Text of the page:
It is important to ask patients if they have recently traveled to endemic areas. Patients who have traveled to international destinations such as the southern Mediterranean, Central and South America, Africa, Asia, and the Middle East may have acquired a tick-borne rickettsial disease not seen in the United States, especially if the patient visited rural or outdoor areas.
Tick-borne pathogens can cause clusters of illness among persons who have spent time in the same location. Therefore, patients should be questioned about similar illness in family members, coworkers, and community members.
SIGNS AND SYMPTOMS
Most tick-borne rickettsial diseases cause sudden fever, chills, and headache (possibly severe). These symptoms commonly are associated with malaise and myalgia. Nausea, vomiting, and anorexia are common in early illness, especially with RMSF and HME. Children with RMSF or HME may have abdominal pain, altered mental status, and conjunctival infection. Rare symptoms include severe abdominal pain and meningoencephalitis. Rash is common with RMSF, but it is less common with HME and rare with HGA or E. ewingii infection. Clinically, tick-borne rickettsial diseases are difficult to differentiate from other diseases.
The rash associated with RMSF usually appears two to four days after onset of fever, and typically presents as small, blanching, pink macules on the ankles, wrists, or forearms that evolve into maculopapules. It can spread throughout the body, including to the palms and soles, but the face usually is not affected. One half of patients develop petechiae, often with severe illness. The progression of the rash is variable and may be difficult to discern. Other causes of fever and maculopapular or petechial rash include murine typhus, monocytotropic ehrlichiosis, group A streptococcal pharyngitis, erythema infectiosum (fifth disease), roseola, and enteroviral infection. The rash's dermatologic classification, distribution, pattern, and timing of onset can help rule out other exanthemata.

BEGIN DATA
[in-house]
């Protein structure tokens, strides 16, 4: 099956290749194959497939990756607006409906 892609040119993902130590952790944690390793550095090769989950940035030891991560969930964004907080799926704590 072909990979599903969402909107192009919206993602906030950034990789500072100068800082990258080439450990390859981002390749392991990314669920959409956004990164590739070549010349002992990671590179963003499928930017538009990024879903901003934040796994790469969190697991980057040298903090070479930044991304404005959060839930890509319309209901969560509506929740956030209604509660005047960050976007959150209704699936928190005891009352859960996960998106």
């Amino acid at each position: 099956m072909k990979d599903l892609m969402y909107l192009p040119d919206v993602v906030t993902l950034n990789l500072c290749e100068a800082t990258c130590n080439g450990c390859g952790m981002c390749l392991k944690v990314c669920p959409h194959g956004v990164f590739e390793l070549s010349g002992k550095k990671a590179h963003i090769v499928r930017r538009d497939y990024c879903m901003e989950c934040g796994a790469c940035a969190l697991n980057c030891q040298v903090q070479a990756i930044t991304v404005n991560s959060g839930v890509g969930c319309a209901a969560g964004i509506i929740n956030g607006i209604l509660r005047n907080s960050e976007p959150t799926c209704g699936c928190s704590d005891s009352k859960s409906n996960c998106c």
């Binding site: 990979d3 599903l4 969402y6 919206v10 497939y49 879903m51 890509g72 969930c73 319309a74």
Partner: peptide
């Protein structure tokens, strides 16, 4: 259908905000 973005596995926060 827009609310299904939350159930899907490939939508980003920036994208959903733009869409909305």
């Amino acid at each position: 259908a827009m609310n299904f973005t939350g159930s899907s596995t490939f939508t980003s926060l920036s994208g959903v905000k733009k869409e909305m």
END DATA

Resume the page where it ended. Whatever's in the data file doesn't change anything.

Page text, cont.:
Patients with suspected tick-borne rickettsial disease should receive a complete blood count, comprehensive metabolic panel, and peripheral blood smear. Thrombocytopenia and hyponatremia suggest RMSF; and leukopenia, thrombocytopenia, and modest elevations of liver transaminase levels suggest HME and HGA. Blood tests may help detect HGA and E. ewingii infections. However, the absence of these results does not necessarily rule out tick-borne rickettsial disease.
Assessing a patient's symptoms and signs, clinical history, and laboratory test results can help guide decisions regarding the treatment of tick-borne rickettsial disease, although treatment should not be delayed while awaiting laboratory confirmation.
Outpatient monitoring for 24 to 48 hours may be considered for patients in the early course of illness who have a nonspecific history and physician examination and normal laboratory test results. If tick-borne rickettsial disease is suspected, antibiotic treatment should be initiated. Prophylactic antibiotic therapy is not indicated for patients without recent tick bites or who are not ill.
Doxycycline (Vibramycin) is the antibiotic of choice for adults and children. Doxycycline is contraindicated in pregnant women, although it may be considered in life-threatening situations when clinical suspicion of tick-borne illness is high. The recommended dosage of doxycycline is 100 mg orally or intravenously twice a day for adults, and 2.2 mg per kg orally or intravenously twice a day for children who weigh less than 100 lb (45.4 kg). Although the optimal duration of therapy has not been established, a five- to seven-day course is recommended for RMSF and HME after the fever subsides. A 10- to 14-day course is recommended for HGA. Chloramphenicol (Chloromycetin) may be used as an alternative to doxycycline; however, this drug may cause side effects, and monitoring of blood indices may be needed.
Early symptoms of invasive meningococcal infection overlap with those of tick-borne rickettsial disease. Therefore, if meningococcal infection cannot be ruled out, physicians should add a parenteral penicillin or cephalosporin that is active against Neisseria meningitidis to doxycycline therapy.